Featured Research

from universities, journals, and other organizations

Preparing for the flood: Visualizations help communities plan for sea-level rise

Date:
February 20, 2012
Source:
University of British Columbia
Summary:
Researchers have produced computer visualizations of rising sea levels in a low-lying coastal municipality, illustrating ways to adapt to climate change impacts such as flooding and storms surges.

What the town of Delta, British Columbia, Canada might look like in 2100 if nothing is done to prepare for a rise in sea level.
Credit: UBC

Researchers at the University of British Columbia have produced computer visualizations of rising sea levels in a low-lying coastal municipality, illustrating ways to adapt to climate change impacts such as flooding and storms surges.

Related Articles


The researchers are working with a municipality south of Vancouver, Canada, that is surrounded by water on three sides and is expecting the sea-level to rise by 1.2 metres by 2100 -- a change that would affect a number of waterfront homes, inland suburban developments, roads and farmland.

Considerable infrastructure has been built below current and projected high water levels, and could be inundated in the event of a dike breach. The images produced show how different adaptation strategies that could be implemented in the municipality and are being used to help make decisions about how to best prepare for the future.

"To me, the visualizations are the only way that you can tell the complete story of climate change and its impacts in a low-lying coastal community," says David Flanders, a UBC research scientist with the Collaborative for Advanced Landscape Planning (CALP), who will present this research at the 2012 Annual Meeting of the American Association for the Advancement of Science (AAAS) in Vancouver. "In other words, seeing really is believing in this case."

"It can be hard to mentally grasp what rising sea-levels can mean on the ground but our visualizations give people a glimpse of what their future world will look and feel like in their own backyards. They help community members understand how their quality of life can be affected by climate change, and by the decisions they make to deal with climate impacts."


Story Source:

The above story is based on materials provided by University of British Columbia. Note: Materials may be edited for content and length.


Cite This Page:

University of British Columbia. "Preparing for the flood: Visualizations help communities plan for sea-level rise." ScienceDaily. ScienceDaily, 20 February 2012. <www.sciencedaily.com/releases/2012/02/120220090850.htm>.
University of British Columbia. (2012, February 20). Preparing for the flood: Visualizations help communities plan for sea-level rise. ScienceDaily. Retrieved January 30, 2015 from www.sciencedaily.com/releases/2012/02/120220090850.htm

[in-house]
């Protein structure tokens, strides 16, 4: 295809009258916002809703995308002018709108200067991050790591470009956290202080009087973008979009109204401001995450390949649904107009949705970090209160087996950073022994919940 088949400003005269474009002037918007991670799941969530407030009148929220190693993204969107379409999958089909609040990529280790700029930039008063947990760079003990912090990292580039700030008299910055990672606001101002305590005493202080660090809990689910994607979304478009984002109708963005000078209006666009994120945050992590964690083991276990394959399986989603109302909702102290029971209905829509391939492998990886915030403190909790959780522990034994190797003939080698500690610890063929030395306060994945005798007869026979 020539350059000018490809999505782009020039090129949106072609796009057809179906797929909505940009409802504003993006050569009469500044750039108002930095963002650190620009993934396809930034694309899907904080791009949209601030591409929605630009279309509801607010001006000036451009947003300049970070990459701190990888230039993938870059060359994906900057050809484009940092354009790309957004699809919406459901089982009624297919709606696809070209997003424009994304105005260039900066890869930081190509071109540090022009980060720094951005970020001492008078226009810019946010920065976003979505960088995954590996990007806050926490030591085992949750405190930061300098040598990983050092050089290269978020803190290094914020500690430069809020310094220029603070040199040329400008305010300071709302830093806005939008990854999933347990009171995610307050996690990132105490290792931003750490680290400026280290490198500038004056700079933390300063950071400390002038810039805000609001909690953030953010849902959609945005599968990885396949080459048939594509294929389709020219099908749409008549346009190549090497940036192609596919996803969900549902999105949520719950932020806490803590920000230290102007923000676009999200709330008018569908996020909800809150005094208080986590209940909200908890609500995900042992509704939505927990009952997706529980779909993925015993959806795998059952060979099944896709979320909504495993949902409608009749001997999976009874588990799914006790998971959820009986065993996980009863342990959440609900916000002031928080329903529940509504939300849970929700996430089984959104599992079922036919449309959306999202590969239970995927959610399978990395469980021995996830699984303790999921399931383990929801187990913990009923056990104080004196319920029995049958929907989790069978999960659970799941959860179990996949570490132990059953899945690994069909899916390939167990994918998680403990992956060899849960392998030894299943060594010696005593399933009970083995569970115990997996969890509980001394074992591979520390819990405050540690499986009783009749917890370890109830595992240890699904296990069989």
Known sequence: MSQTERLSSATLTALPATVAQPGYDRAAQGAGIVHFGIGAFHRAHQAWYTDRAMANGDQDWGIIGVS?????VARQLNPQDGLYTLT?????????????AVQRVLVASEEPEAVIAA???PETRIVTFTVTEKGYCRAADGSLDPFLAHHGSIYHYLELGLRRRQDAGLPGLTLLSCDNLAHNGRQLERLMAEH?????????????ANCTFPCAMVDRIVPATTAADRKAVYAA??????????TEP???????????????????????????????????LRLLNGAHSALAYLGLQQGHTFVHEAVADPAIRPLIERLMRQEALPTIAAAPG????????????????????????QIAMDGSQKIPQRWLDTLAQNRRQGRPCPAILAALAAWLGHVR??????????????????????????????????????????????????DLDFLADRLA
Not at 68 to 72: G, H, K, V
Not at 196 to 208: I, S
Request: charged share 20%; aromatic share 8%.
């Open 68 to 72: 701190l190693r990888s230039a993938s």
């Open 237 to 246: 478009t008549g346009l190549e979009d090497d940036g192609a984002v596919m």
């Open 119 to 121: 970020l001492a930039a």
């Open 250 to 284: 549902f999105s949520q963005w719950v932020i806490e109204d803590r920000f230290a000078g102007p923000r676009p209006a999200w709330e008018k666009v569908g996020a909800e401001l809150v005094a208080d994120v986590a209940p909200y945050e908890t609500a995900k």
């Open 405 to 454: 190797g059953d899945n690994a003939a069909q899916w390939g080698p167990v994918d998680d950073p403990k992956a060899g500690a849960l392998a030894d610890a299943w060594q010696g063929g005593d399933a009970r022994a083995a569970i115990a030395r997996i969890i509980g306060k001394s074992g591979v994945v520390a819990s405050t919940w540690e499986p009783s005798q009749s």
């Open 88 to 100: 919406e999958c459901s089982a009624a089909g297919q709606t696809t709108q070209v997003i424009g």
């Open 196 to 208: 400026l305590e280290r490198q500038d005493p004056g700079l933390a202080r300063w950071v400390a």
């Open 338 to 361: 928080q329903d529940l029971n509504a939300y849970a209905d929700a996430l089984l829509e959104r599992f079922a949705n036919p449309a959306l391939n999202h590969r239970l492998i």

University of British Columbia. "Preparing for the flood: Visualizations help communities plan for sea-level rise." ScienceDaily. www.sciencedaily.com/releases/2012/02/120220090850.htm (accessed January 30, 2015).

Share This


More From ScienceDaily



More Earth & Climate News

Friday, January 30, 2015

Featured Research

from universities, journals, and other organizations


Featured Videos

from AP, Reuters, AFP, and other news services

Raw: Rare Clouds Fill Grand Canyon

Raw: Rare Clouds Fill Grand Canyon

AP (Jan. 29, 2015) For the second time in two months, a rare weather phenomenon filled the Grand Canyon with thick clouds just below the rim on Wednesday. (Jan. 29) Video provided by AP
Powered by NewsLook.com
Senate Passes Bill for Keystone XL Pipeline

Senate Passes Bill for Keystone XL Pipeline

AP (Jan. 29, 2015) The Republican-controlled Senate has passed a bipartisan bill approving construction of the Keystone XL oil pipeline. (Jan. 29) Video provided by AP
Powered by NewsLook.com
"Cloud Inversion" In Grand Canyon

"Cloud Inversion" In Grand Canyon

Reuters - US Online Video (Jan. 29, 2015) Time lapse video captures a blanket of clouds amassing in the Grand Canyon -- the result of a rare meteorological process called "cloud inversion." Rough Cut (no reporter narration). Video provided by Reuters
Powered by NewsLook.com
Why Researchers Say We Should Cut Back On Biofuels

Why Researchers Say We Should Cut Back On Biofuels

Newsy (Jan. 29, 2015) Biofuels aren&apos;t the best alternative to fossil fuels, according to a new report. In fact, they&apos;re quite a bad one. Video provided by Newsy
Powered by NewsLook.com

Search ScienceDaily

Number of stories in archives: 140,361

Find with keyword(s):
Enter a keyword or phrase to search ScienceDaily for related topics and research stories.

Save/Print:
Share:

Breaking News:

Strange & Offbeat Stories


Plants & Animals

Earth & Climate

Fossils & Ruins

In Other News

... from NewsDaily.com

Science News

Health News

Environment News

Technology News



Save/Print:
Share:

Free Subscriptions


Get the latest science news with ScienceDaily's free email newsletters, updated daily and weekly. Or view hourly updated newsfeeds in your RSS reader:

Get Social & Mobile


Keep up to date with the latest news from ScienceDaily via social networks and mobile apps:

Have Feedback?


Tell us what you think of ScienceDaily -- we welcome both positive and negative comments. Have any problems using the site? Questions?
Mobile: iPhone Android Web
Follow: Facebook Twitter Google+
Subscribe: RSS Feeds Email Newsletters
Latest Headlines Health & Medicine Mind & Brain Space & Time Matter & Energy Computers & Math Plants & Animals Earth & Climate Fossils & Ruins